Again, zooming in reveals continued complexity.
The video below features a pendulum with an "elbow" in it. Though the pendulum is released relatively straight, tiny changes in position become compounded and result in chaotic motion. As the light traces the path, the result starts to look similar to a Pollock piece.
Pollock has an elbow. Also a wrist. Consider the above video with two joints instead of one. Pollock effectively used his arm as a pendulum, but added the "kicked pendulum" motion by utilizing his elbow and wrist joints to create chaotic movement of the brush.
This is not easy to do. Your average person with a brush would not be able to make their arm move in this way. As humans, we try too hard to control motion, even when trying not to.
This is not to say that Pollock lacked control—quite the contrary. Pollock knew exactly where the paint would fall, and he was able to utilize his own joints to make it happen in a way that hasn't been replicated since.
Not a lot of footage of Pollock in action exists, but this little video shows a little bit of what he does with his shoulder, elbow, and wrist to get the paint to fall where he wants in a fractalized way. Also, I love that he has special painting shoes, as you would have to with this style.
Next step for the students: finding fractals in nature.
This project was very personal to each student. In addition to being a portrait of their face, and using words they wrote about their own core values, each project also features the student's own handwriting. The density and disorder of the handwriting varies greatly from project to project, but ultimately all are effective in creating a meaningful and recognizable portrait.
Not every student was completely finished with their projects by the time I started taking photographs in the gallery, but most were. I think only 3-5 were not yet displayed.
I worked with 8th graders for the first time with this art project (many of whom I had worked with as 6th or 7th graders), and it was wonderful to see how they had grown in their art and in their focus. This project involved students identifying an aspect of their own core values, and writing an essay about it. These essays were to follow the "This I Believe" model.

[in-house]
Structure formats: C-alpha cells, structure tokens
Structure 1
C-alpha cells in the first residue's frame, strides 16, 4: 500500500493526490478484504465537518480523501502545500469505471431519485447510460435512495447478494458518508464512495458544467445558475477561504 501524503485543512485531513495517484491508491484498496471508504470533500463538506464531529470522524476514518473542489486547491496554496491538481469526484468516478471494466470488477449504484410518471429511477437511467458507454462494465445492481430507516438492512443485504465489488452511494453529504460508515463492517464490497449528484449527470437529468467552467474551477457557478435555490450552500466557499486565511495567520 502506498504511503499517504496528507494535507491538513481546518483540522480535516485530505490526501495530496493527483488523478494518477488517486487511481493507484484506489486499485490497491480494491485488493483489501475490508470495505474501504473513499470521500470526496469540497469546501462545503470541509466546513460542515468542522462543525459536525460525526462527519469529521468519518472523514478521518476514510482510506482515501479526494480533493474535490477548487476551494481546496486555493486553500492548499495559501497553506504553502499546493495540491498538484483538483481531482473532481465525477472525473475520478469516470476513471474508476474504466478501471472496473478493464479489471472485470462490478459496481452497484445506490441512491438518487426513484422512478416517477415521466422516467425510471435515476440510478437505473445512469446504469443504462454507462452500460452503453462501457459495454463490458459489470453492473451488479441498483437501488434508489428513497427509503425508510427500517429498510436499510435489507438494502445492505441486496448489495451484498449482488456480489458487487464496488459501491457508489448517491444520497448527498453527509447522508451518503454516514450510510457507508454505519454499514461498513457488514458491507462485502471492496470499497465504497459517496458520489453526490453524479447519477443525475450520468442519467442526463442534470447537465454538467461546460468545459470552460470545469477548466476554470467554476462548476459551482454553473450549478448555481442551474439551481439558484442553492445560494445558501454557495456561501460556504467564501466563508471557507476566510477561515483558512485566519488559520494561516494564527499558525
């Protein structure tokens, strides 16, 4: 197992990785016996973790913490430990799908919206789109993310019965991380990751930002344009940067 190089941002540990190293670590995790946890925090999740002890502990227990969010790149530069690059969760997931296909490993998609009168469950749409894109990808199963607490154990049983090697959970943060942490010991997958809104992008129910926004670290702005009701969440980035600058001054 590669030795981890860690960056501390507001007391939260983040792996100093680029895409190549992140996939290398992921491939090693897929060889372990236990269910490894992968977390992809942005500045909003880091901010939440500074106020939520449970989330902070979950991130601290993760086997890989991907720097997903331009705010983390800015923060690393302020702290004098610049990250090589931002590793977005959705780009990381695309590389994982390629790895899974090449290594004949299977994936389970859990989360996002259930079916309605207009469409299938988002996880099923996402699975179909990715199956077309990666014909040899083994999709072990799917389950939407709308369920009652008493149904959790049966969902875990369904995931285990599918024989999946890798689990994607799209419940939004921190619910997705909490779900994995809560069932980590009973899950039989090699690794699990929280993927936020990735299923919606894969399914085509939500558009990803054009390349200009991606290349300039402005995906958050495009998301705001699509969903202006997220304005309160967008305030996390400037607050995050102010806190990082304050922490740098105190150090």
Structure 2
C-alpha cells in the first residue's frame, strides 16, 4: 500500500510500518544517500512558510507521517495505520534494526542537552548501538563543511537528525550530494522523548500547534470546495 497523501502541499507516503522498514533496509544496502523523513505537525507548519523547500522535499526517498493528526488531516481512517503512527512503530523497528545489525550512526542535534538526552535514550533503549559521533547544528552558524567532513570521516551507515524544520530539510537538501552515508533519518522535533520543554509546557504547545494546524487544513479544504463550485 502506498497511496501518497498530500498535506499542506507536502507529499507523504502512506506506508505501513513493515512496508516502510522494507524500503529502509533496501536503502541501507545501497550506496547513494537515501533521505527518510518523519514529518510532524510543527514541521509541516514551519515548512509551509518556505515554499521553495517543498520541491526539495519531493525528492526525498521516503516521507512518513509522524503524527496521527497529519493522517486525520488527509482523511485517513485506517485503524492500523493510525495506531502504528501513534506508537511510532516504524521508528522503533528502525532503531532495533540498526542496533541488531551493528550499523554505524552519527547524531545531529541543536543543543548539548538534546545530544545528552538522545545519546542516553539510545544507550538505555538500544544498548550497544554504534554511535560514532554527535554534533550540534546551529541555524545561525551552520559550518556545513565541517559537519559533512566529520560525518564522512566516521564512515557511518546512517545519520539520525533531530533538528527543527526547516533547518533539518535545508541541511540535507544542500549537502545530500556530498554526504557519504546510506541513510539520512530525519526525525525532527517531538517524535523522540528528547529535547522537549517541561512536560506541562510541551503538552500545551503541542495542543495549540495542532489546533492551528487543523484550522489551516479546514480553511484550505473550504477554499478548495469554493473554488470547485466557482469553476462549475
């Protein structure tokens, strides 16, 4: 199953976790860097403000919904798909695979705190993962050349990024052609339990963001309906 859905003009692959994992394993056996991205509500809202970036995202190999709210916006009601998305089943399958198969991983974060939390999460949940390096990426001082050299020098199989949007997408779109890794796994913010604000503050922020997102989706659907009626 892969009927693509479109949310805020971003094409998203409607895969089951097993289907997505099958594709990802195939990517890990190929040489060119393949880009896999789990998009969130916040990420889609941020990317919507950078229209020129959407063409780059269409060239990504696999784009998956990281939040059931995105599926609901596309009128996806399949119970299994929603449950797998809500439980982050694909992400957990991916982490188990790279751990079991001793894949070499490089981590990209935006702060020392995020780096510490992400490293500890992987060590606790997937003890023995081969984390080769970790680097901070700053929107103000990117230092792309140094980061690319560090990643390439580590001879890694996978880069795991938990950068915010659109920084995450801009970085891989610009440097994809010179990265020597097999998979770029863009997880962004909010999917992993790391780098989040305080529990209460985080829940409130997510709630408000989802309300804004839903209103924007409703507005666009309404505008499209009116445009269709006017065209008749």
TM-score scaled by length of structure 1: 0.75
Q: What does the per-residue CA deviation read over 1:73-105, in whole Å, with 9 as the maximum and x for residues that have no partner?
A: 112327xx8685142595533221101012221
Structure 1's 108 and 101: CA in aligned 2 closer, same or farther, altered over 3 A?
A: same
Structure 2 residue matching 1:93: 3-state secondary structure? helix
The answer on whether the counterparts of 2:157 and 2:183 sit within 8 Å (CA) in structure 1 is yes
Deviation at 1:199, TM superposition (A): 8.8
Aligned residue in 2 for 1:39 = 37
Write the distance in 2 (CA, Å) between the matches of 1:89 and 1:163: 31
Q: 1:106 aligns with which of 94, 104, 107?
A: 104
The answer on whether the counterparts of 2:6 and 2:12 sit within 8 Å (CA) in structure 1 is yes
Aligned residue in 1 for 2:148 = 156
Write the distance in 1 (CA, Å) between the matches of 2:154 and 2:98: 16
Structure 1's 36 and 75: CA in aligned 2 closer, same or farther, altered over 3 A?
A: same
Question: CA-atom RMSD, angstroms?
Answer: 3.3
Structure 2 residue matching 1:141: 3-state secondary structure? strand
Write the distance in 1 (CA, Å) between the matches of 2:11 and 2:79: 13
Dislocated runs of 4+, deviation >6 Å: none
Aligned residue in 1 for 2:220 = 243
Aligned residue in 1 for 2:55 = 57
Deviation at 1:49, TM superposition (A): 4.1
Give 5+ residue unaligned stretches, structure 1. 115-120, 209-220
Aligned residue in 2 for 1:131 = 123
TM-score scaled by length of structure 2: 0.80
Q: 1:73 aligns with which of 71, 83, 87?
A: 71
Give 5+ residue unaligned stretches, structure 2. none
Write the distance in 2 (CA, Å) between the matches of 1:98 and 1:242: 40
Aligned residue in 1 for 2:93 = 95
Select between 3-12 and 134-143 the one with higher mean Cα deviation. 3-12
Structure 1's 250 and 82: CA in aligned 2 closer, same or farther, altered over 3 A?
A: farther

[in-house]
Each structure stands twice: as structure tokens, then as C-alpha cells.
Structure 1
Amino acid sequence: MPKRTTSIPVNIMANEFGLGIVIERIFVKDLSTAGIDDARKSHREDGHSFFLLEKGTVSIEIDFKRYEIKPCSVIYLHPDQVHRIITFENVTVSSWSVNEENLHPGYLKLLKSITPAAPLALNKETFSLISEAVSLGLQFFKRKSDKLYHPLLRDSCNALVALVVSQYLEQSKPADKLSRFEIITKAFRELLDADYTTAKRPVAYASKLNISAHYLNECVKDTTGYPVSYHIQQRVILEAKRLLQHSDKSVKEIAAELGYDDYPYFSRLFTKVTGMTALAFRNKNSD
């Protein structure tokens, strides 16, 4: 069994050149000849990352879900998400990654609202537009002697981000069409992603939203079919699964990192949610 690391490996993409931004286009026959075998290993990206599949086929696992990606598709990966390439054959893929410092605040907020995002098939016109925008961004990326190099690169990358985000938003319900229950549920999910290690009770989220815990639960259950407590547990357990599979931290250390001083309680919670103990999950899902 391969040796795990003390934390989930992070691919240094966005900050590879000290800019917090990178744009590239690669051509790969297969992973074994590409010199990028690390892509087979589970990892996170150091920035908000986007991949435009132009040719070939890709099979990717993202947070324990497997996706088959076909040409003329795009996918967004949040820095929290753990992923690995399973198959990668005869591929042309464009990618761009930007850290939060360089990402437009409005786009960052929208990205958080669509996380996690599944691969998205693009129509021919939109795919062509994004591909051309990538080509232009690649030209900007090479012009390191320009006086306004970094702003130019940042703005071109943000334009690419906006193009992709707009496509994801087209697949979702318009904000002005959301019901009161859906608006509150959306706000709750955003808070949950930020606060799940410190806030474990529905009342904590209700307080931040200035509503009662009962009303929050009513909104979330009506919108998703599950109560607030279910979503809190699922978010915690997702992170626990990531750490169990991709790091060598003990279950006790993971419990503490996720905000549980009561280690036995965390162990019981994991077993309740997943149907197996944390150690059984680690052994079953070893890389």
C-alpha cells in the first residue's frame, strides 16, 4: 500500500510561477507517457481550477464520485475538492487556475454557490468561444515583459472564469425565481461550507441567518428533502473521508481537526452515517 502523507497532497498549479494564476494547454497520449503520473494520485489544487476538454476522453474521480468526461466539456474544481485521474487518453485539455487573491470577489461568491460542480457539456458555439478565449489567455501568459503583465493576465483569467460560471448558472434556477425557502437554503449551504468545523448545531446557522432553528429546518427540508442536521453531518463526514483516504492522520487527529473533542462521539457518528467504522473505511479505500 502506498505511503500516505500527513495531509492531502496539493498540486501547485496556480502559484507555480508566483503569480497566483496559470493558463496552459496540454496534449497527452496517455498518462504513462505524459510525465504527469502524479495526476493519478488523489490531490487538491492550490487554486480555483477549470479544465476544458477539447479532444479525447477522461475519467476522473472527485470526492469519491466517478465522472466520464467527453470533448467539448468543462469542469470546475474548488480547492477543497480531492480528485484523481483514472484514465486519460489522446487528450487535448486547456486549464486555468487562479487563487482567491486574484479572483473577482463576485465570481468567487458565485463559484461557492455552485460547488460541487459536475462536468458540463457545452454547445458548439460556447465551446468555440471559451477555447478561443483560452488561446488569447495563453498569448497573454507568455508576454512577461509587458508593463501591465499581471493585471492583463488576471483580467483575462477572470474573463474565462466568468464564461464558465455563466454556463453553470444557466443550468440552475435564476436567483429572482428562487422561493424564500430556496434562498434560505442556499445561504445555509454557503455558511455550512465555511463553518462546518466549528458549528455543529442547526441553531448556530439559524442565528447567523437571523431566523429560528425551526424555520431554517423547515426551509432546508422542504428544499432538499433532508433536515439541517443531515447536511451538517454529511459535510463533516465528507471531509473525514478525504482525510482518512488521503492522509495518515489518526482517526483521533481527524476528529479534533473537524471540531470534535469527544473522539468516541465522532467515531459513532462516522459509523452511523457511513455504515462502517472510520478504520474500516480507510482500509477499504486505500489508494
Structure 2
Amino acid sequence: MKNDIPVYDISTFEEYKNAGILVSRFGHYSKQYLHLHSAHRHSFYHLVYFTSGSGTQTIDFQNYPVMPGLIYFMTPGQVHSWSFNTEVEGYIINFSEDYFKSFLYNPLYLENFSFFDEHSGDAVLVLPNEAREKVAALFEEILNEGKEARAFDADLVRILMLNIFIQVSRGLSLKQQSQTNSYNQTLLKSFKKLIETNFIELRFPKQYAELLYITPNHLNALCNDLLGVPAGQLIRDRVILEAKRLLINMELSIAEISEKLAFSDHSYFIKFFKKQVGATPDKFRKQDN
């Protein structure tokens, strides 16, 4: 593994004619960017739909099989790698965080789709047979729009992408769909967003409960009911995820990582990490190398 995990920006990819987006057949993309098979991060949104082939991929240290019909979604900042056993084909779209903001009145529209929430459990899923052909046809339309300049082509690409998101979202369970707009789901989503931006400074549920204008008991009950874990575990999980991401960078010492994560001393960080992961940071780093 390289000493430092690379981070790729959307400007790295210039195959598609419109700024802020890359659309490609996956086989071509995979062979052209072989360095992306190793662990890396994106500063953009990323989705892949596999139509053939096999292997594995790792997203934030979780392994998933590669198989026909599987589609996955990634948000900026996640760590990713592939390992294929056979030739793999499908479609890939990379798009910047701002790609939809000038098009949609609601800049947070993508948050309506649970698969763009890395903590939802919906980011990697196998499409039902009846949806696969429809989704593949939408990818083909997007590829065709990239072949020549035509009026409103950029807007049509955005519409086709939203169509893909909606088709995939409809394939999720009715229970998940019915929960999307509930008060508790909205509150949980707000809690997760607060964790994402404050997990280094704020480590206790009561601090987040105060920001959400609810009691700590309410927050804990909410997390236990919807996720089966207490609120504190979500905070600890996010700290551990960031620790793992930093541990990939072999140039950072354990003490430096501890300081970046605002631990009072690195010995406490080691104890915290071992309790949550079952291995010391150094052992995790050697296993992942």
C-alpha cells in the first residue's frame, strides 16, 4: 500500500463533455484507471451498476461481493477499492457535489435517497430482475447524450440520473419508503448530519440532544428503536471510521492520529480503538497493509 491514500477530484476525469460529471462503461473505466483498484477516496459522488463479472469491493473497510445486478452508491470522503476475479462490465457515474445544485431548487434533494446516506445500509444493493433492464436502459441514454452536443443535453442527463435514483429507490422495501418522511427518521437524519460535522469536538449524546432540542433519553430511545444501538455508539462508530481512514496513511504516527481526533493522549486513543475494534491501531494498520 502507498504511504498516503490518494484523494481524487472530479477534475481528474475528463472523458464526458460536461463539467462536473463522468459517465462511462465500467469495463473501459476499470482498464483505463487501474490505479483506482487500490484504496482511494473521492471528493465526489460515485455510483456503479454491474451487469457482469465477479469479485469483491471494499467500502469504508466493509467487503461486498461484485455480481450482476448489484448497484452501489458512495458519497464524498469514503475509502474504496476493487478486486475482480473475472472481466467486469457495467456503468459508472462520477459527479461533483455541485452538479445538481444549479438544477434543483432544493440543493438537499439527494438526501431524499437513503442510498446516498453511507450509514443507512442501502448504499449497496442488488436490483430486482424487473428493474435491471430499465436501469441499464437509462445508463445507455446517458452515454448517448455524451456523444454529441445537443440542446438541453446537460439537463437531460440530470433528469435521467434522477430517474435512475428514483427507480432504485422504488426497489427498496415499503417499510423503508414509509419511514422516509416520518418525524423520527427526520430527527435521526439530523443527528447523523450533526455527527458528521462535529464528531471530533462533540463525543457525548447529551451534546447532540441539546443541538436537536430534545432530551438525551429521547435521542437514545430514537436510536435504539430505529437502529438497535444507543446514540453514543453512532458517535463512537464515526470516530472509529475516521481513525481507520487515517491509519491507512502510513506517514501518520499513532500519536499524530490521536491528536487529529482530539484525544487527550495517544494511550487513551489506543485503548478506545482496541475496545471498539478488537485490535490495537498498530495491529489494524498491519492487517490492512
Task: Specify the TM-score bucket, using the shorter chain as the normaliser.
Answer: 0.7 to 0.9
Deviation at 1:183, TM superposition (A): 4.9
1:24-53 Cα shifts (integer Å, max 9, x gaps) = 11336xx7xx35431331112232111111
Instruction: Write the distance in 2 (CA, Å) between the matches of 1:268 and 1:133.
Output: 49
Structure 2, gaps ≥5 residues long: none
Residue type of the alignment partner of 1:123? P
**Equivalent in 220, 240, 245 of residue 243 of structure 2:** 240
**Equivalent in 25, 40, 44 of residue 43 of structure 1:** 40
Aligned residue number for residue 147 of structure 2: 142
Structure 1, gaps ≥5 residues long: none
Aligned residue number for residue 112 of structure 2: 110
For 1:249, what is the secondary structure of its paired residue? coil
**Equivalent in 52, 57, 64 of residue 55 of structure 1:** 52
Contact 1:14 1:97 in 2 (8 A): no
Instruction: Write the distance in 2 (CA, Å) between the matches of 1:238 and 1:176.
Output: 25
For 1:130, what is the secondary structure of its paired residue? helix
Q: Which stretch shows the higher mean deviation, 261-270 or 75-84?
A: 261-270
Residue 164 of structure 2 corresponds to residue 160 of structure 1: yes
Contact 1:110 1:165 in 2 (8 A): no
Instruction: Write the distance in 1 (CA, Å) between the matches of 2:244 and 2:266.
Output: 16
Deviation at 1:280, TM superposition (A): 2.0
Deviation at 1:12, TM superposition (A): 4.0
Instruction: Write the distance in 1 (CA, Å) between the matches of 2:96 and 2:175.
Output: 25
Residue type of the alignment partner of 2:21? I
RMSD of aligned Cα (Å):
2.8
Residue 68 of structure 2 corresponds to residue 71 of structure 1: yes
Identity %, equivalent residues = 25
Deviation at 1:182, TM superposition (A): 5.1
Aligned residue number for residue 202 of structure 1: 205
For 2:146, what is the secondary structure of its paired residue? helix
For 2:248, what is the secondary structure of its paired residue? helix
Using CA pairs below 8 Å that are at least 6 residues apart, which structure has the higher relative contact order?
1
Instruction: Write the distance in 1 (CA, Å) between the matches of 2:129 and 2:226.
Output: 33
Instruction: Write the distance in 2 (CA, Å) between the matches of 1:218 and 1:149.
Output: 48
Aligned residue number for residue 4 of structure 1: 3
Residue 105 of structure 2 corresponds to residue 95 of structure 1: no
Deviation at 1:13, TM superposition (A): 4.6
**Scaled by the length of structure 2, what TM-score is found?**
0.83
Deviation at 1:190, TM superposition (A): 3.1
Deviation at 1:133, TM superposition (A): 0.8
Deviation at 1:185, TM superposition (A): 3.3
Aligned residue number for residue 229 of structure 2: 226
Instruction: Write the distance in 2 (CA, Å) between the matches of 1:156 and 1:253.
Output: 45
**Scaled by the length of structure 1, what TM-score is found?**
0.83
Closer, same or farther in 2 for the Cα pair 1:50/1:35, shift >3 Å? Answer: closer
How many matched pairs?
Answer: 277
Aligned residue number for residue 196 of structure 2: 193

From the This I Believe website: "This I Believe is based on a 1950s radio program of the same name, hosted by acclaimed journalist Edward R. Murrow. Each day, Americans gathered by their radios to hear compelling essays from the likes of Eleanor Roosevelt, Jackie Robinson, Helen Keller, and Harry Truman as well as corporate leaders, cab drivers, scientists, and secretaries—anyone able to distill into a few minutes the guiding principles by which they lived. These essayists’ words brought comfort and inspiration to a country worried about the Cold War, McCarthyism, and racial division."
Modern interpretations of this theme can be found on the This I Believe podcast and are occasionally featured on NPR. Many are tear-inducing, heart-warming, and inspiring—definitely worth a listen.
Upon completion, the pencil lines were erased, portraits carefully trimmed, and then framed.
Les termes qui constituent à notre connaissance une marque déposée ont été désignés comme tels. La présence ou l'absence de cette désignation ne peut toutefois être considérée comme ayant valeur juridique.
En règle générale, la prononciation est donnée entre crochets après chaque entrée. Toutefois, du côté anglais-français et dans le cas des expressions composées de deux ou plusieurs mots non réunis par un trait d'union et faisant l'objet d'une entrée séparée, la prononciation doit être cherchée sous chacun des mots constitutifs de l'expression en question.
The world is not only what we have made it but is also a product of earlier generations' efforts. "Today is the child of yesterday," as the Arabs put it. Thus, to fully grasp the present, we must first understand the past. The great thinkers wrote what they did because they had unusual talents, but they were also strongly influenced by their times. Locke, Madison, Bakunin, Marx, Mill, Hitler, Mao, and all the others can be fully appreciated only in the light of their historical, intellectual, political, social, and economic circumstances. Yet, although these ideologues were influenced by situations particular to their respective ages, they each responded to a common phenomenon—modernization.
The most fundamental feature of this era, the event that has done more to distinguish this period in history from all others and has contributed most heavily to shaping our environment, is the industrial revolution. Industrialization is the latest stage in the chain reaction begun by the scientific method and its application to technology. The shift from making things by hand to mechanized production changed the world dramatically. The reaction to industrialization varied among observers. Some, like Adam Smith, reveled in its potential benefits; others, including Marx, argued that people were robbed of their skills and reduced to being mere tenders of machines, but he looked forward to improved social conditions with the equal distribution of the newly produced bounty; and still more... [something something Hitler].
Text from Political Ideologies: Their Origins and Impact by Leon P. Baradat